NCBI ROFL: Pleasure and pain: the effect of (almost) having an orgasm on genital and nongenital sensitivity.

By ncbi rofl | April 26, 2013 12:00 pm

Photo: flickr/Rob Hogeslag

If you want to do a scientific study of sexual function (in this case, how orgasm changes genital sensitivity), it’s usually necessary to perform it under carefully controlled conditions. So how do you do that in the context of studying female orgasms? Check out the [probably NSFW] description below.

The effect of sexual arousal and orgasm on genital sensitivity has received little research attention, and no study has assessed sensation pleasurableness as well as painfulness.
To clarify the relationship between sexual arousal, orgasm, and sensitivity in a healthy female sample.
Twenty-six women privately masturbated to orgasm and almost to orgasm at two separate sessions, during which standardized pressure stimulation was applied to the glans clitoris, vulvar vestibule, and volar forearm at three testing times: (i) baseline; (ii) immediately following masturbation; and (iii) following a subsequent 15-minute rest period.
Touch thresholds (tactile detection sensitivity), sensation pleasurableness ratings (pleasurable sensitivity), and pain thresholds (pain sensitivity).
Pleasurableness ratings were higher on the glans clitoris than the vulvar vestibule, and at most testing times on the vulvar vestibule than the volar forearm; and at baseline and immediately after masturbation than 15 minutes later, mainly on the genital locations only. Pain thresholds were lower on the genital locations than the volar forearm, and immediately and 15 minutes after masturbation than at baseline. After orgasm, genital pleasurableness ratings and vulvar vestibular pain thresholds were lower than after masturbation almost to orgasm. Post-masturbation pleasurableness ratings were positively correlated with pain thresholds but only on the glans clitoris. Hormonal contraception users had lower pleasurableness ratings and pain thresholds on all locations than nonusers. There were no significant effects for touch thresholds.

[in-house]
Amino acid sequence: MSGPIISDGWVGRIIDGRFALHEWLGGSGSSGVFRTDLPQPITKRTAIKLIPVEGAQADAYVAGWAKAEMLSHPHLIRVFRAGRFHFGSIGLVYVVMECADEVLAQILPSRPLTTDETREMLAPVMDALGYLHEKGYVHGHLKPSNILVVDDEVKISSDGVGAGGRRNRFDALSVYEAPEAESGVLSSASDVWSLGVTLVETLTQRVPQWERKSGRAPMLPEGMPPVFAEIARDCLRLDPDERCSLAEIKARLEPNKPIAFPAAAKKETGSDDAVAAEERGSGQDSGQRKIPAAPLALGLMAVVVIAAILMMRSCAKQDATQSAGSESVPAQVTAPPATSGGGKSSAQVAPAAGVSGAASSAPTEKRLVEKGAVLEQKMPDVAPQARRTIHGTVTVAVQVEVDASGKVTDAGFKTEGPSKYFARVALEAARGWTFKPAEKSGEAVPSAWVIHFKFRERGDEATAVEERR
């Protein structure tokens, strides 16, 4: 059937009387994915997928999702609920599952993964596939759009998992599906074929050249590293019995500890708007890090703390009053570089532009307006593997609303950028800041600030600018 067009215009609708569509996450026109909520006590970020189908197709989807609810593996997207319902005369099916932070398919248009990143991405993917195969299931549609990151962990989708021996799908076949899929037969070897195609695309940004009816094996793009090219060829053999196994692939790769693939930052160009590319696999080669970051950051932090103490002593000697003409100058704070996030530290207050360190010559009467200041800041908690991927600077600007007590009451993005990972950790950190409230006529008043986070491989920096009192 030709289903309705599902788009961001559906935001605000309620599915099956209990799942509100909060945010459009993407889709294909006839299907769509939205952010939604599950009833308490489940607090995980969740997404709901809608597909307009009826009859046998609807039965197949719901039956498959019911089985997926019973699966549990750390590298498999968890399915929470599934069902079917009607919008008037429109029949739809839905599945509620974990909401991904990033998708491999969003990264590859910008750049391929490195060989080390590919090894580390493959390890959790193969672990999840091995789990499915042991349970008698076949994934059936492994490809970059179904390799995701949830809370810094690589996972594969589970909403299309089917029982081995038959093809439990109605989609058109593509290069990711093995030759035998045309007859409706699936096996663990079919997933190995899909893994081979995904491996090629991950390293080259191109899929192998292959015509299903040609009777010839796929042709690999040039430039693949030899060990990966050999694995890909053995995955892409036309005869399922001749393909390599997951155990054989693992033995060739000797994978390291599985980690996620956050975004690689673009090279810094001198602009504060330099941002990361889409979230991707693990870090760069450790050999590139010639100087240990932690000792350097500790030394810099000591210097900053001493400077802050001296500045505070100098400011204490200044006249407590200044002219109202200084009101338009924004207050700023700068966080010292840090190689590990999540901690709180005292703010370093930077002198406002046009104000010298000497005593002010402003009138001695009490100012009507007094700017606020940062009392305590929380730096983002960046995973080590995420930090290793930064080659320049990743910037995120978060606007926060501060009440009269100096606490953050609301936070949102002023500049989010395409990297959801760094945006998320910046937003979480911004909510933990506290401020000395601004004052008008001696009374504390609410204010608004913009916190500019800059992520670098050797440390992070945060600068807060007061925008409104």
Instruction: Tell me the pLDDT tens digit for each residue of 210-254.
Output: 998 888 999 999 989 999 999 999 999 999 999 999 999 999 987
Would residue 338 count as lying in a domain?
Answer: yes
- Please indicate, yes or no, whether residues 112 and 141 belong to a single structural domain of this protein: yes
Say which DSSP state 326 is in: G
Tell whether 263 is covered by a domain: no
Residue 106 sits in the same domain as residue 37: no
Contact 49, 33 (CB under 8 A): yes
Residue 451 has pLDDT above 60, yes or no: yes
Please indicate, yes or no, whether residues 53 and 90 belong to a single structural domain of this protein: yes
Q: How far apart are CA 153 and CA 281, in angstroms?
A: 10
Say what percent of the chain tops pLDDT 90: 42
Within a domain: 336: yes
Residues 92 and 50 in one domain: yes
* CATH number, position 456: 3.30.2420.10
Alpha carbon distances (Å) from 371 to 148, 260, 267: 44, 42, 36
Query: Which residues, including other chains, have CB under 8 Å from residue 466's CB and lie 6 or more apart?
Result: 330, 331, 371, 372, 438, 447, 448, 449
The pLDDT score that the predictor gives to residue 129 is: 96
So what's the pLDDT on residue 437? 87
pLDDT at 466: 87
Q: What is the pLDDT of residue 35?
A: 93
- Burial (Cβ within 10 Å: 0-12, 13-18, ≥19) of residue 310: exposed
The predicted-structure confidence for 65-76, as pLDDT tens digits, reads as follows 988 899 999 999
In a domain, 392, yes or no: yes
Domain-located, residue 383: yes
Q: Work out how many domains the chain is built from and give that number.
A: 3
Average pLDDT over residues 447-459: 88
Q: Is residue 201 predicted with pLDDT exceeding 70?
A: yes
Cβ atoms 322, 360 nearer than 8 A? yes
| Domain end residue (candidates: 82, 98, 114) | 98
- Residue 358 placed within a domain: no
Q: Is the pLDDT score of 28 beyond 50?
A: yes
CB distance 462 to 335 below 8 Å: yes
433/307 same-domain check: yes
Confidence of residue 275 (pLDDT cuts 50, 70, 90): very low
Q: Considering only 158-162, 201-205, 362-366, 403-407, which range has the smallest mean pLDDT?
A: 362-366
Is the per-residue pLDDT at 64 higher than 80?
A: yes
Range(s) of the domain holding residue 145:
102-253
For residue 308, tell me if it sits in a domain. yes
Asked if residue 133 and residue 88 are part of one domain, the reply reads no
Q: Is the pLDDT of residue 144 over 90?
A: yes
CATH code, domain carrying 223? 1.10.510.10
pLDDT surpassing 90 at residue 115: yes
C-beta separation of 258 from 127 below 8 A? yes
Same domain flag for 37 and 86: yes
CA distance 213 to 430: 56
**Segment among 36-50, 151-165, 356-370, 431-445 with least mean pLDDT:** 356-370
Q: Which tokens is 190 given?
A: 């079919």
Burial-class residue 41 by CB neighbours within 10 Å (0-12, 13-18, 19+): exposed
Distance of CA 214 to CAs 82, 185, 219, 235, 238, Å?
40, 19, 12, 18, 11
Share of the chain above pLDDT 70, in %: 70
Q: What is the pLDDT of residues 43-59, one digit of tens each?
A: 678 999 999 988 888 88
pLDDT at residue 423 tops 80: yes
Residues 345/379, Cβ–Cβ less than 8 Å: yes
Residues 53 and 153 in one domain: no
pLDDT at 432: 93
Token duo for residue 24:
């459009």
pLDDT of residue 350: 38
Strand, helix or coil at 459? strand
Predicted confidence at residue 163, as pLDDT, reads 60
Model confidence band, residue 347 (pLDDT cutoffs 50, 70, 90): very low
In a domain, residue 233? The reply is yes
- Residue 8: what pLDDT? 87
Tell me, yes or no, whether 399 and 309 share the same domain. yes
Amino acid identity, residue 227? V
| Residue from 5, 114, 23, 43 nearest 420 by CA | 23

Masturbation appears to maintain pleasurable genital sensitivity but increase pain sensitivity, with lower genital pleasurable sensitivity and higher vulvar vestibular pain sensitivity when orgasm occurs. Findings suggest that enhancing stimulation pleasurableness, psychological sexual arousal and lubrication mitigate normative increases in pain sensitivity during sexual activity, and underscore the importance of measuring both pleasure and pain in sensation research.”

Bonus excerpt from the materials and methods:

“The participant was instructed to undress from the waist down and lay at the foot of the bed underneath a sheet, after which the researchers returned to the room and conducted the baseline sensory testing. The first author then reminded the participant to take her time getting relaxed and comfortable in the room before privately masturbating using her preferred technique until reaching orgasm or “almost-orgasm.” She was instructed to immediately notify the researchers over intercom when she stopped masturbating. The first author timed the approximate duration of the participant’s masturbation (time until notification), then conducted the post-masturbation sensory testing immediately afterwards. This was followed by a 15-minute rest period during which the participant was asked not to masturbate more, and the final sensory testing. The participant dressed, completed the masturbation and orgasm questionnaire, and was then debriefed [Ed note: really? *that’s* the word you pick?] and compensated $40 per session for any inconvenience due to study participation.”

Related content:
Discoblog: The economics of faking ecstasy.
Discoblog: NCBI ROFL: And the most pornographic abstract of all time award goes to…
Discoblog: NCBI ROFL: Are there different types of female orgasm?

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NCBI ROFL is the brainchild of two Molecular and Cell Biology graduate students at UC Berkeley and features real research articles from the PubMed database (which is housed by the National Center for Biotechnology information, aka NCBI) that they find amusing (ROFL is a commonly-used internet acronym for "rolling on the floor, laughing").Follow us on twitter: @ncbirofl


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